Preview: Now that back-to-school season is behind them, Algerians are shifting their focus on ratcheting up pressure on their government. Eight months after the anti-regime Hirak movement began, labor unions have decided to take part to the protest, promising an extremely difficult November for the government headed by the military command. The intersection of anti-regime movement and labor unions could be a dangerous environment for the regime to confront. If the half of the regime tied to the Bouteflika era has fallen due to the Hirak, the other half still in power will find it harder to withstand a progressive escalation of unrest and strikes, which could grind the country to a halt, if no change takes place in governance.
October 24, 2019
- Political unrest in Algeria is expected to increase substantially
- A confluence of events is leading the anti-regime protest movement to further solidify:
- The unwillingness of the regime to put forward a transition period acceptable to the population,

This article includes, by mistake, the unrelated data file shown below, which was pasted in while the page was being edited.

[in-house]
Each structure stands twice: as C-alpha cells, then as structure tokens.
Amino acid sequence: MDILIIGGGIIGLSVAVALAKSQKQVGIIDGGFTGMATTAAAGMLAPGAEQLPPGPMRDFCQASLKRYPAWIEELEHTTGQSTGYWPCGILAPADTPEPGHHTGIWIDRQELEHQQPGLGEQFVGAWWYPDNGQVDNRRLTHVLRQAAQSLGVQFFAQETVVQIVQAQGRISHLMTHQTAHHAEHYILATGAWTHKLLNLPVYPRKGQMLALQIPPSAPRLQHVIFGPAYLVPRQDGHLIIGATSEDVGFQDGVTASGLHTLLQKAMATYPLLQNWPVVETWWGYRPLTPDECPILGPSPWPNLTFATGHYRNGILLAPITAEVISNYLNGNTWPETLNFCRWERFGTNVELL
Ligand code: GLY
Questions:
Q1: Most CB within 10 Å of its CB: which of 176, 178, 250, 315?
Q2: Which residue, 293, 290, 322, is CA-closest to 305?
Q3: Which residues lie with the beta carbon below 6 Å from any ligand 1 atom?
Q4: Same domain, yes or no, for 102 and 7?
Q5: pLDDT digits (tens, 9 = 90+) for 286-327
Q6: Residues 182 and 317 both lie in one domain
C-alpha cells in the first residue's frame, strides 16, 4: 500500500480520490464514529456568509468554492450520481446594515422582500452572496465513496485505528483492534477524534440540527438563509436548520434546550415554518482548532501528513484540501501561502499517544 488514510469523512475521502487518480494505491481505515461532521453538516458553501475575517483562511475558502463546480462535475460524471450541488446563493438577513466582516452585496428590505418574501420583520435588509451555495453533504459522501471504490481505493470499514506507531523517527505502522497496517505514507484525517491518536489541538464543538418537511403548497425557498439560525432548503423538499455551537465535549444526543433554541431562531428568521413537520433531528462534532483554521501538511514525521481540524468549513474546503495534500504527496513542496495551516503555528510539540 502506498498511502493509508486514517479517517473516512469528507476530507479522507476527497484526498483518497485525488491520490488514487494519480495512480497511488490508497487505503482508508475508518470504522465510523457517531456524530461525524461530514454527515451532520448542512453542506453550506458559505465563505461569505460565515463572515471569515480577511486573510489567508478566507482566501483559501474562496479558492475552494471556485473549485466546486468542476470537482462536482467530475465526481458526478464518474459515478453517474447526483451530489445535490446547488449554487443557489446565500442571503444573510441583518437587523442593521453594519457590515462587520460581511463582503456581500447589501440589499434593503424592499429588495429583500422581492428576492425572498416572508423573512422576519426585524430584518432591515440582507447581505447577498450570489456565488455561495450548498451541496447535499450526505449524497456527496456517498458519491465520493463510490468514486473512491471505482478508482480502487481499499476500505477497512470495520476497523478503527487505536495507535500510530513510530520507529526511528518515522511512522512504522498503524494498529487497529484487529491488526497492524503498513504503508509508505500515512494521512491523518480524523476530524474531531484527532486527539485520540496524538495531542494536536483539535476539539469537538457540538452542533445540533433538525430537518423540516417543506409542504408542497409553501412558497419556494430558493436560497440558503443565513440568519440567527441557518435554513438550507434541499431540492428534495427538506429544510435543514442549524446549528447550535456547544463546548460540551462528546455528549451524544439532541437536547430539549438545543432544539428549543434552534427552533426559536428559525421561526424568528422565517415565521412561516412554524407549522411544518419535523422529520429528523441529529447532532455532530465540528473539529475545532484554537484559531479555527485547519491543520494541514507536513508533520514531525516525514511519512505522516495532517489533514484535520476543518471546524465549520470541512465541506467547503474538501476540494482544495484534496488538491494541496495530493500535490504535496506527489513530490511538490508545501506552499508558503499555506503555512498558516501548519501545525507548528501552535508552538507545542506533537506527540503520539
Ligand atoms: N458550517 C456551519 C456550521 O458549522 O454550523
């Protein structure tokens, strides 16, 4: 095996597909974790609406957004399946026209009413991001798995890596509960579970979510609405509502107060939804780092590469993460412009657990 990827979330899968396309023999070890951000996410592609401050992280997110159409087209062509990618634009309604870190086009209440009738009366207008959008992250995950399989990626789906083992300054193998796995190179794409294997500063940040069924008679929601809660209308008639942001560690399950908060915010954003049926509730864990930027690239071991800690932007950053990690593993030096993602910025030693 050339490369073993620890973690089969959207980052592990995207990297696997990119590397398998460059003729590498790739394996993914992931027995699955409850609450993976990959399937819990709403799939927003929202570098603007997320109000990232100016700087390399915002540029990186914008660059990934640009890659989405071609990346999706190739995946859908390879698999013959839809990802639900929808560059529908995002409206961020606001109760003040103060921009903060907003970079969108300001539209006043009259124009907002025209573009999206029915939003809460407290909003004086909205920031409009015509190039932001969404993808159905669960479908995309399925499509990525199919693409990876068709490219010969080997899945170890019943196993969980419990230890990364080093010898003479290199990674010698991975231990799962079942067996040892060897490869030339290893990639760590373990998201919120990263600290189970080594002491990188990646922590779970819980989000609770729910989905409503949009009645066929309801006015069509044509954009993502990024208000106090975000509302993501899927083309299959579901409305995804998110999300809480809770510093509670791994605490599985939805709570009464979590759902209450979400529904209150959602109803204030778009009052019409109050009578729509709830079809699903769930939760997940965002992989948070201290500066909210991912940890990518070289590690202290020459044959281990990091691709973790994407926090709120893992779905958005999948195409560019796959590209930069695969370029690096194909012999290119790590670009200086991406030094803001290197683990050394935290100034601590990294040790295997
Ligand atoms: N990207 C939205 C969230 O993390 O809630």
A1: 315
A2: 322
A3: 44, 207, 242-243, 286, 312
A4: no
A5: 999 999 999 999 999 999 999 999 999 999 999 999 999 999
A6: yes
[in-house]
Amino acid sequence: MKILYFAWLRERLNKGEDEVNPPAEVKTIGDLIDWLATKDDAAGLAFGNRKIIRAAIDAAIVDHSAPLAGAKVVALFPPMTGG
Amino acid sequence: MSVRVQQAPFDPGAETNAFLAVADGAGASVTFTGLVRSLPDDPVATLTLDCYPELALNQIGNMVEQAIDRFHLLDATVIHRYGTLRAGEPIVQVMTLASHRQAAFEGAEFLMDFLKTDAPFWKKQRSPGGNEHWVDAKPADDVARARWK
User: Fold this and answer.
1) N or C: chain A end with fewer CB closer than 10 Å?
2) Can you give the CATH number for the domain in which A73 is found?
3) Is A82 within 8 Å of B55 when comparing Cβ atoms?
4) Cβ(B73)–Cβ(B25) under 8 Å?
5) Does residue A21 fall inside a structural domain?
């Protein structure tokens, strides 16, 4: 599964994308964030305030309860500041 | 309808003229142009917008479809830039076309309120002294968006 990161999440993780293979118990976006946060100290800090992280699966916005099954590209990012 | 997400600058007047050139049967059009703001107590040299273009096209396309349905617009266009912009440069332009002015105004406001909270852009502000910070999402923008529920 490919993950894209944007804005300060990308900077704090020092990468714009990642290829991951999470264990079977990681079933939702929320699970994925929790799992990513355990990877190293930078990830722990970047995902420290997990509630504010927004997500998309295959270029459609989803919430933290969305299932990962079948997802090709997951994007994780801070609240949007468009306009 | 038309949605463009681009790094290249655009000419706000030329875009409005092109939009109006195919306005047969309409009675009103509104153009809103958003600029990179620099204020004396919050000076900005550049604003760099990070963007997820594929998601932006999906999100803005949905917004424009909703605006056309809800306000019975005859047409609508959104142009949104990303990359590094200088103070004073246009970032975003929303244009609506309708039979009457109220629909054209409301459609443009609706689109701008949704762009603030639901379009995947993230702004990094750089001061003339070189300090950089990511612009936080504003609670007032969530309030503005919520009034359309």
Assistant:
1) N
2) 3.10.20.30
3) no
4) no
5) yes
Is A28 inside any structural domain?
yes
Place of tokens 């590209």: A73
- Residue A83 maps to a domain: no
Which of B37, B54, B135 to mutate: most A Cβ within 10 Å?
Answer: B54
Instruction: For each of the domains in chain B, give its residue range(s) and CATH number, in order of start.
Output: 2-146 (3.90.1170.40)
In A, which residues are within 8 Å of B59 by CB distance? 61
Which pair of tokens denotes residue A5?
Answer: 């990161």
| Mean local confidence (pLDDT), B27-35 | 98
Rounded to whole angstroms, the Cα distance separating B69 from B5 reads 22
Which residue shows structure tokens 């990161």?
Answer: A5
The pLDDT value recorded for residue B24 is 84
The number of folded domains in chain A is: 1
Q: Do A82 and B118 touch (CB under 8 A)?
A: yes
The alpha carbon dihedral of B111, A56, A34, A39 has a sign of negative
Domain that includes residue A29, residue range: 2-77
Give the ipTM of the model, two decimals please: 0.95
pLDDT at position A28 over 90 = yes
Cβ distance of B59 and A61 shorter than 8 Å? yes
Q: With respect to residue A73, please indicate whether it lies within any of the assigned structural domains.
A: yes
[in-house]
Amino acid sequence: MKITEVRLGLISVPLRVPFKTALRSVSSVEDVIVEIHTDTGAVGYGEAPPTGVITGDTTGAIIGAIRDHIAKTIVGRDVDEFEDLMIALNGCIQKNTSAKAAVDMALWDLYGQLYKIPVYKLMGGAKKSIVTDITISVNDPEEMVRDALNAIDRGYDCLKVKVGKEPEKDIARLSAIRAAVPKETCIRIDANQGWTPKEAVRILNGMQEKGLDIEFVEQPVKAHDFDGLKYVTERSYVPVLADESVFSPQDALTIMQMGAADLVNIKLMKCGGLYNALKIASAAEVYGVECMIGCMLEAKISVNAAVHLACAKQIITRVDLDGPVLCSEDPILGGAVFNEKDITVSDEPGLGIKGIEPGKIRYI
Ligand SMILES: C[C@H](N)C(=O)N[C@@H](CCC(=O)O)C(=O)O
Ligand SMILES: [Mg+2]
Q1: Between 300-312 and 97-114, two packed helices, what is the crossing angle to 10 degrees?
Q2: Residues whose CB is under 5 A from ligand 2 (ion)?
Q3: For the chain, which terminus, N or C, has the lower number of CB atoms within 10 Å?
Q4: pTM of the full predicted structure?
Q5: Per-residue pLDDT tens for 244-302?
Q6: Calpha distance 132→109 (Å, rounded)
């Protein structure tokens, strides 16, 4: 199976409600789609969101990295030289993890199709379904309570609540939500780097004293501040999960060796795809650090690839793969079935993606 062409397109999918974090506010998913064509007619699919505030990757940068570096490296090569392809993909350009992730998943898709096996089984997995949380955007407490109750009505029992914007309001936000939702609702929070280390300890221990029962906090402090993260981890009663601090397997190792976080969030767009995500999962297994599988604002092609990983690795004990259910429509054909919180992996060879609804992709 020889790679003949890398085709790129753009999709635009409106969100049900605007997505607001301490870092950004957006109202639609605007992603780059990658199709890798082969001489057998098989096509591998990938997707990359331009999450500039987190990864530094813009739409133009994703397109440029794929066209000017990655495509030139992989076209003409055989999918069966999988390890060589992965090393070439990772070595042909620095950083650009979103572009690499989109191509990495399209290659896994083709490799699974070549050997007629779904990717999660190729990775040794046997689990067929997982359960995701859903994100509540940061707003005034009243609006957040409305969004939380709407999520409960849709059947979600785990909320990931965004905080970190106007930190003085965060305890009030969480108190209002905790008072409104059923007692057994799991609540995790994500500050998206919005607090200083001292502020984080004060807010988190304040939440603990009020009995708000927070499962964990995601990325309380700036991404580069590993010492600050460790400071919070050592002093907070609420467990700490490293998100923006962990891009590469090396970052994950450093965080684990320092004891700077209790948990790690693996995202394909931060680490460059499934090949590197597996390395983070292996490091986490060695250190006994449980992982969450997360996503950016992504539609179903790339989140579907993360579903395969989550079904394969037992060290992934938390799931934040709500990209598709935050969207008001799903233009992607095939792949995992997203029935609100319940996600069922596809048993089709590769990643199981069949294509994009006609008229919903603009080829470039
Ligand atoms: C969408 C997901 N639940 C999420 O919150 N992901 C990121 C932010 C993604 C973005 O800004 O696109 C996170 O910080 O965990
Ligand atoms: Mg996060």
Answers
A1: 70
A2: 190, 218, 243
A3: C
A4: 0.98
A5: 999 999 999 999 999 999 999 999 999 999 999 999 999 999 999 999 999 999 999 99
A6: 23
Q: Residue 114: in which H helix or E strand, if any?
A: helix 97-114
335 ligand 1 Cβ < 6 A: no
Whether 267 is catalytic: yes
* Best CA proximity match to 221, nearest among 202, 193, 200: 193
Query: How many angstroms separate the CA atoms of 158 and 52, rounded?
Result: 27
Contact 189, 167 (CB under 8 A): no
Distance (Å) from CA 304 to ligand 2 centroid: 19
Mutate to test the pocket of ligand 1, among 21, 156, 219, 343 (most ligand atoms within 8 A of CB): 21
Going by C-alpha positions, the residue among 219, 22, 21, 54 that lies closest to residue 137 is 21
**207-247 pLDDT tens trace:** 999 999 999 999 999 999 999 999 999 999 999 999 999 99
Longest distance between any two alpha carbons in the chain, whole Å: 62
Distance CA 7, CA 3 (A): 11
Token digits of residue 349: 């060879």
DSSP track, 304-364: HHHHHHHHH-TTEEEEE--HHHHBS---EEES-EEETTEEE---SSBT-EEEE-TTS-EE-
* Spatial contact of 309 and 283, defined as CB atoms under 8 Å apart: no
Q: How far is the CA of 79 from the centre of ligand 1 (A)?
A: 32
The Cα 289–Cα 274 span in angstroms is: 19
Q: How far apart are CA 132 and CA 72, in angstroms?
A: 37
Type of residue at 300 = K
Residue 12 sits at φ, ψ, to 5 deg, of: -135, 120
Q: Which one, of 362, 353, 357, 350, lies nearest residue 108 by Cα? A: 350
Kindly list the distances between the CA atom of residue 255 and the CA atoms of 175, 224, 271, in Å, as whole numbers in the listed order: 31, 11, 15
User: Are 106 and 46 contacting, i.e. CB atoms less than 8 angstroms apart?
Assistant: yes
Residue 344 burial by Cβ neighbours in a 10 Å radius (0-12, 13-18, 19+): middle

- The imposition of former regime operatives as presidential candidates
- The insistence of the regime on a December 12 election
- The arbitrary mass arrests of militants and others
- Uproar over a 2020 draft budget seen as punitive to the population
- Rejected of a new oil bill seen as giving too many concessions to foreign companies
- The closing of independent media located abroad
- The commemoration of Algeria’s start of the war of independence on November 1, 1954
- Reports and allegations of the involvement of France and the United Arab Emirates in supporting the regime for its survival
- The involvement of labor unions and their joining of the anti-regime protestsAre among the key factors that are leading Algerians into a period of turbulent time, likely to stretch from October 25 to past November 1. What comes after November 1 will largely depend on the reaction of the military command and its support abroad and whether there is a plan B to consider at least the basic grievances of the population.